A comparison of the effectiveness of various cell substrates under growth conditions substantially as described above is shown in Table I. The superiority of the cellulose sponge support as a cell substrate is clearly shown therein.
* Flask contained four strips of sponge 4 x 1 x The monkey kidney tissue cell culture grown on the cellulose sponge was washed and fresh nutrient added. The cell culture was then inoculated with Type 3 adenovirus and incubated at 37 C. After five days incubation a complement-fixation (CF) antigen titer of 1:4 was obtamed while after eight days incubation a CF titer of 1:16 was obtained. A CF titer of 1:16 separates a titer of approximately 10 tissue culture infecting doses. A CF trter of 1:2 is acceptable for the production of vaccine. Vaccine made with this material by Formalin treatment of the solution elicited a high immunogenic response in rabbits. Such rabbit sera, when diluted to 1:160 protected the cells in tissue culture from infection.
1. method for the production of vaccines from virus grown in a tissue culture which comprises propagating free tissue cells in a nutrient medium saturated in a culture support, said culture support comprising a synthetic cellulosic sponge which has pores which may be from approximately one-half inch to pinhead size, which sponge is washed and pro-sterilized and which is essentially free of protein other than that which is contained in the tissue cells or nutrient medium, said free cells having attached and established themselves in the sponge in the ordinary course of metabolic activity during a suitable period of mcubatlon at a predetermined temperature, thereafter drawing off the nutrient medium fluid and periodically adding fresh nutrient in an amount and at a frequency as determined necessary to produce sufficient cell growth, inoculating the tissue cells with a virus and growing said virus therein until the cells burst and release virus particles as a result of internal pressure caused by multiplication of the virus said released virus then being capable of secondarily infecting new tissue cells with the occurrence of further virus growth, and recovering the virus after it has grown sufiiciently to cause an observable cytopathogenie effect and an acceptable complement-fixation antigen titer is obtained in an amount sufficient to produce a vaccine therefrom.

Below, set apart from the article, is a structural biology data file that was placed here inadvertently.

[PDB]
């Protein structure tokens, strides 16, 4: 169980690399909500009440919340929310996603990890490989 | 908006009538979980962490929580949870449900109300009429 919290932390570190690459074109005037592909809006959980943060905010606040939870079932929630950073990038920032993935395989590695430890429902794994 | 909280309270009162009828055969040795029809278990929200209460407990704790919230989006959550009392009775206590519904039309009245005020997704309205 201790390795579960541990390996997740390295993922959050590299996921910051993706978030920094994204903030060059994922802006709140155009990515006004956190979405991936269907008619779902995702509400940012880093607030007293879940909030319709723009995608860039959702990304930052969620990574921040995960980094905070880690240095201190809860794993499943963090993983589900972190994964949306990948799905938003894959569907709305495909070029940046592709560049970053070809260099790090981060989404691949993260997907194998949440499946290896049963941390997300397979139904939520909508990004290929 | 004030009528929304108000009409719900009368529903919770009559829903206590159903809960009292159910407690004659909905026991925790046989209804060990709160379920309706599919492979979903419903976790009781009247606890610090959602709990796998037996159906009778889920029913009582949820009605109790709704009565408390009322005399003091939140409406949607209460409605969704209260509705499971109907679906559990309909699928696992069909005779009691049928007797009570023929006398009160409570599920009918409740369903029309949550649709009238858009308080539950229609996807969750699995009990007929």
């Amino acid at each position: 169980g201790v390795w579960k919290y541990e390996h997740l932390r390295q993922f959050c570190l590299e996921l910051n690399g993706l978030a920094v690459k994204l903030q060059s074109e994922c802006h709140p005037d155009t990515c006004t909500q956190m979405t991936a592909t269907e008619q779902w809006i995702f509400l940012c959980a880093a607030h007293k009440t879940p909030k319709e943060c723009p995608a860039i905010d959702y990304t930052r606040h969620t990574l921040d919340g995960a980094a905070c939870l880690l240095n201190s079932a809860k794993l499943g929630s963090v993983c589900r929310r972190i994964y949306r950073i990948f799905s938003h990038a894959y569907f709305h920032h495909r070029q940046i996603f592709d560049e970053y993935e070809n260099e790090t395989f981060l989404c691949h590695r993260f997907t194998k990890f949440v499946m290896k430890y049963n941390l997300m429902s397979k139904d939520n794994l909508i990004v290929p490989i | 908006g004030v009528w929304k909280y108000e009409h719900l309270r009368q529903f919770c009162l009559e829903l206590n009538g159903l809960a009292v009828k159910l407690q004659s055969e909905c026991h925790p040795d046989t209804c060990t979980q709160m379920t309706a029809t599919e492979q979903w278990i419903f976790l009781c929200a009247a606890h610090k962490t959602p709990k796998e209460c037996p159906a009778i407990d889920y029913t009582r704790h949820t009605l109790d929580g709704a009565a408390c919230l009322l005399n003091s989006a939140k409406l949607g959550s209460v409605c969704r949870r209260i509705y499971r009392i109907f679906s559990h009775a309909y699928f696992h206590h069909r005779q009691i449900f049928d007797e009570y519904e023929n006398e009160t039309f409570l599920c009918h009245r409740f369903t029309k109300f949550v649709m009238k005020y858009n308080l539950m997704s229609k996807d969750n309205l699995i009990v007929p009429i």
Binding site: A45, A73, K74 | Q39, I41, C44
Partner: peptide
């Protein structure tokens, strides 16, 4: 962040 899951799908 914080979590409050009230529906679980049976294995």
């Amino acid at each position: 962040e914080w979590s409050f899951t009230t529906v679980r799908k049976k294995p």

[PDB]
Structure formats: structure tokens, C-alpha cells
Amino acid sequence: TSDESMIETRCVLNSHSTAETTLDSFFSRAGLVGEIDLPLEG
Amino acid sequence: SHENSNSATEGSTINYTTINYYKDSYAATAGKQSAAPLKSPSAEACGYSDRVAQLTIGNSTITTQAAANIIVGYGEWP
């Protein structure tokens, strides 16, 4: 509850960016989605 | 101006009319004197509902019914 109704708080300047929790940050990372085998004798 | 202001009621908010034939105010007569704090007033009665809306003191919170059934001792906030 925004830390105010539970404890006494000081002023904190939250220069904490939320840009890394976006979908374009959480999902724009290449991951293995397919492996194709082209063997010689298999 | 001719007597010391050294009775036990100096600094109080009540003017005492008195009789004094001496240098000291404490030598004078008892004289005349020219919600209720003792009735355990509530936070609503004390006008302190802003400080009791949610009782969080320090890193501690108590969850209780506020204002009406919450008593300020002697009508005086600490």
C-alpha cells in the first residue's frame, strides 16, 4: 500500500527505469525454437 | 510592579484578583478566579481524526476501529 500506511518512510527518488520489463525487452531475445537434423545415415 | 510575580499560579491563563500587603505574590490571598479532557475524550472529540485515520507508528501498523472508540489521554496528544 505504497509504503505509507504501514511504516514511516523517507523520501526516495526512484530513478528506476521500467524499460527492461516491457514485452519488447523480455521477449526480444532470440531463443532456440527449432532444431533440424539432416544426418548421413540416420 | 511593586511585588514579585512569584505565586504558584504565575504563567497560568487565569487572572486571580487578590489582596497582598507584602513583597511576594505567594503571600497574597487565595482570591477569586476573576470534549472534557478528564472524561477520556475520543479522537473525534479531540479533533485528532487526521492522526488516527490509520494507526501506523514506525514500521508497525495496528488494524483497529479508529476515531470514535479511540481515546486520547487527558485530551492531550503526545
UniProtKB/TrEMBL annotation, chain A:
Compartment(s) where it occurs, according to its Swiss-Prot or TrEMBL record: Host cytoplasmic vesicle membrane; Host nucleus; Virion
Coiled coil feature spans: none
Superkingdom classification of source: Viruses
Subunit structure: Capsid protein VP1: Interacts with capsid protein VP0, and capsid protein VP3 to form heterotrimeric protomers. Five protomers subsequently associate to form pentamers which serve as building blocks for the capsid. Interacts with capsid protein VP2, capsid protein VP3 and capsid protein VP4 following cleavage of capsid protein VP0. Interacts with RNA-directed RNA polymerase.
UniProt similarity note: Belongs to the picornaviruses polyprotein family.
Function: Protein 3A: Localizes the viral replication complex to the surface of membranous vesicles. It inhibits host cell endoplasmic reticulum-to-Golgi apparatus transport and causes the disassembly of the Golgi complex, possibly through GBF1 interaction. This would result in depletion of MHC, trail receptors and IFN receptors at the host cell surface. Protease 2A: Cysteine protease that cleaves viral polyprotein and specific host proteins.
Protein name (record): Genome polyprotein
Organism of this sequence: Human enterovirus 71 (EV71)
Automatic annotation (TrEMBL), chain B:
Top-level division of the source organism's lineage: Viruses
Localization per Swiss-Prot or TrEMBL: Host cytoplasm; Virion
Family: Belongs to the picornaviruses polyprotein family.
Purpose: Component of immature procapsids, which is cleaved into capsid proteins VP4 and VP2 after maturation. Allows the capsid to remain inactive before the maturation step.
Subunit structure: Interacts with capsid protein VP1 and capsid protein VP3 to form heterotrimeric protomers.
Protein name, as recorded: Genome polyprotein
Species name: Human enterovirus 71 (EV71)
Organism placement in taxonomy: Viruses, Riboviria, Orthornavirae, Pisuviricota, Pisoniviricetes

References Cited UNITED STATES PATENTS 2,658,021 11/1953 Earle et a1. 1951.8
Goetz 1951l6 Freeman 195-139 Earle et a1. 1951.8
SI-IEP K. ROSE, Primary Examiner US. Cl. X.R.
|Cited Patent||Filing date||Publication date||Applicant||Title|
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|US2761813 *||Jan 21, 1953||Sep 4, 1956||Goetz Alexander||Means and method of producing and controlling cultures of microorganisms|
|US2970088 *||Jan 16, 1959||Jan 31, 1961||Robert R Freeman||Method for the cultivation of microorganisms|
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|Citing Patent||Filing date||Publication date||Applicant||Title|
|US3717551 *||Jul 2, 1970||Feb 20, 1973||B Bizzini||Method of cell culture|
|US3976547 *||Nov 19, 1974||Aug 24, 1976||Merck & Co., Inc.||Cell and vaccine production|
|US3989591 *||Sep 3, 1974||Nov 2, 1976||Liotta Lance A||Test method for separating and/or isolating bacteria and tissue cells|
|US4085203 *||Mar 25, 1976||Apr 18, 1978||Burroughs Wellcome Co.||Process for preparing vaccine|
|US4203801 *||Apr 1, 1977||May 20, 1980||Burroughs Wellcome Co.||Cell and virus culture systems|
|U.S. Classification||435/235.1, 424/233.1, 428/89, 424/204.1|
|International Classification||C12N5/00, A61K39/12|
|Cooperative Classification||C12N2533/78, C12N5/0068|